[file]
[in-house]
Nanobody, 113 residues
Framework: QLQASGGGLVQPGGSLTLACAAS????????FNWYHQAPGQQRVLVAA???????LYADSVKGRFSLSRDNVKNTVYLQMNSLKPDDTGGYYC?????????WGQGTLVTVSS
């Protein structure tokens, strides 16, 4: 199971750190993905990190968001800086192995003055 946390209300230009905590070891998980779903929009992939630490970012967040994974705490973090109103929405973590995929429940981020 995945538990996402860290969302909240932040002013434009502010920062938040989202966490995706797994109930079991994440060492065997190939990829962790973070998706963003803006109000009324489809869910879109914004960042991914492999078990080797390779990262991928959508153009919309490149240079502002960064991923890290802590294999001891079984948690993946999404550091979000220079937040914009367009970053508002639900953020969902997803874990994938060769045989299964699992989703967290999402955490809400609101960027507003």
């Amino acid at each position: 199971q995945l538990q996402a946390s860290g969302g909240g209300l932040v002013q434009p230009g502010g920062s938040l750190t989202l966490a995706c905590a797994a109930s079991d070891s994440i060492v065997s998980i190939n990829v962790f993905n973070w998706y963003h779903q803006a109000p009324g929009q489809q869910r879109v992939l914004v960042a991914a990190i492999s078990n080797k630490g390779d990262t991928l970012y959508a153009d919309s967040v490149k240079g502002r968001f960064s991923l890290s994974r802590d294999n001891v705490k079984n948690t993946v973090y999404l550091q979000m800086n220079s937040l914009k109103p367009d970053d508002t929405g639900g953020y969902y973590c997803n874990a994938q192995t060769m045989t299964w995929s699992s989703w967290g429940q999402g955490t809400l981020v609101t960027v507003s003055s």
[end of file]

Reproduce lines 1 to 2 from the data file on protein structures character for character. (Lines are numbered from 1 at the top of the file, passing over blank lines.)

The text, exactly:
[in-house]
Nanobody, 113 residues